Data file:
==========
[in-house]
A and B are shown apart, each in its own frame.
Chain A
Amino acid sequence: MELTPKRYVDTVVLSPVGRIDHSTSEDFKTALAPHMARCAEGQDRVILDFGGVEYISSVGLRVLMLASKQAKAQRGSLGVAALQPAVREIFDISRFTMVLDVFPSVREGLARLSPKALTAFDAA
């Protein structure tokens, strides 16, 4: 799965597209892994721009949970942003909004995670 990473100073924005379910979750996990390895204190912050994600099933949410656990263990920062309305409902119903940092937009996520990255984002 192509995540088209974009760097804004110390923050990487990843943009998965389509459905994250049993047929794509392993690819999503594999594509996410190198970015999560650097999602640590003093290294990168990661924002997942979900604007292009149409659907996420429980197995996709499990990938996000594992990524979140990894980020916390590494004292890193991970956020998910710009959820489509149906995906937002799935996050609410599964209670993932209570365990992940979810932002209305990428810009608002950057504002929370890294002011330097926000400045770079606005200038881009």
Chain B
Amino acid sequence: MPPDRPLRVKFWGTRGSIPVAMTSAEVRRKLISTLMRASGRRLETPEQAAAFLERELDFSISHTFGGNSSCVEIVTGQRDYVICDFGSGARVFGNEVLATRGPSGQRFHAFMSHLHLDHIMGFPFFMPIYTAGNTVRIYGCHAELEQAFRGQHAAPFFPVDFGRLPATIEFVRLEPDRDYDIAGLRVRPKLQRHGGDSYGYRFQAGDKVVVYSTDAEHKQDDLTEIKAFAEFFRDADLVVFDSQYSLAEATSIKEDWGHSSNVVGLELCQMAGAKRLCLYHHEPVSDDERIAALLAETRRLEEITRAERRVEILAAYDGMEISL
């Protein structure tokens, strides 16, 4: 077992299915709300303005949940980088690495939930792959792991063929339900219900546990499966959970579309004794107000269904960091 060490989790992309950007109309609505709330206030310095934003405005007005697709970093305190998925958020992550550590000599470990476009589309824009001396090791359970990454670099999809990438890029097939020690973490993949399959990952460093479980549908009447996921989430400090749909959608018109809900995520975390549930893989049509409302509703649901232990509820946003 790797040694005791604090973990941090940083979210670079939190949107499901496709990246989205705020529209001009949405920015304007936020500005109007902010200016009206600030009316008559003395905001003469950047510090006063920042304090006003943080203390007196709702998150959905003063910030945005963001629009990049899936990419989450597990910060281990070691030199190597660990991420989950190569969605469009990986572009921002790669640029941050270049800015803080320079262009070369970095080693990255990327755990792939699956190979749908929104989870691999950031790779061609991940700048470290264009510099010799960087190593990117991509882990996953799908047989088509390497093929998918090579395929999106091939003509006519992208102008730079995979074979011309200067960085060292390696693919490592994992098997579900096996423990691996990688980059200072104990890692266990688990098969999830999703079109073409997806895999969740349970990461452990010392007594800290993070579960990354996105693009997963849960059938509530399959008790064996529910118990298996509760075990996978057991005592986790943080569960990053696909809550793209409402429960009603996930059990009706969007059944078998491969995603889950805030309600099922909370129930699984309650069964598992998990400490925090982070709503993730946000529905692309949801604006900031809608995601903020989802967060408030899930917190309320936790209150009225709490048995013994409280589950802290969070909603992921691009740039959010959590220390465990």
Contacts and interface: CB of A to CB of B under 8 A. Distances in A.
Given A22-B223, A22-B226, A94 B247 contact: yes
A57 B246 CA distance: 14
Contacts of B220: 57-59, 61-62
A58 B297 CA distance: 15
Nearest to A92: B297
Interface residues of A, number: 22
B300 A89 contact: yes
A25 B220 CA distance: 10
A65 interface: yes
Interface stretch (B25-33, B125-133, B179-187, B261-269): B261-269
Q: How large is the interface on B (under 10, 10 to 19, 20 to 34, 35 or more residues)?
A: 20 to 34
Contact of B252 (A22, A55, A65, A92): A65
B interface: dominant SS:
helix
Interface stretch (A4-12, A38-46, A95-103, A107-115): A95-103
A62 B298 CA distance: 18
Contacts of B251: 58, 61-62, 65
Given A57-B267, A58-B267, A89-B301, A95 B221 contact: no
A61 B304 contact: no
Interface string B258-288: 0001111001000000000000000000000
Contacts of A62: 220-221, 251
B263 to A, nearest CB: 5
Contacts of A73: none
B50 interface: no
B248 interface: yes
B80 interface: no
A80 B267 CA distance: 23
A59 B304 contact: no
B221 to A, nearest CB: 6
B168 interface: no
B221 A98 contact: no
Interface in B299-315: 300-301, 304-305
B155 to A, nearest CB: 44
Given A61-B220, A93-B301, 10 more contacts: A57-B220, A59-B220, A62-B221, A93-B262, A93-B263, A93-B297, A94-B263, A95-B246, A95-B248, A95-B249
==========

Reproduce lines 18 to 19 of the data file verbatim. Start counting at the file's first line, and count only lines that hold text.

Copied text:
A65 interface: yes
Interface stretch (B25-33, B125-133, B179-187, B261-269): B261-269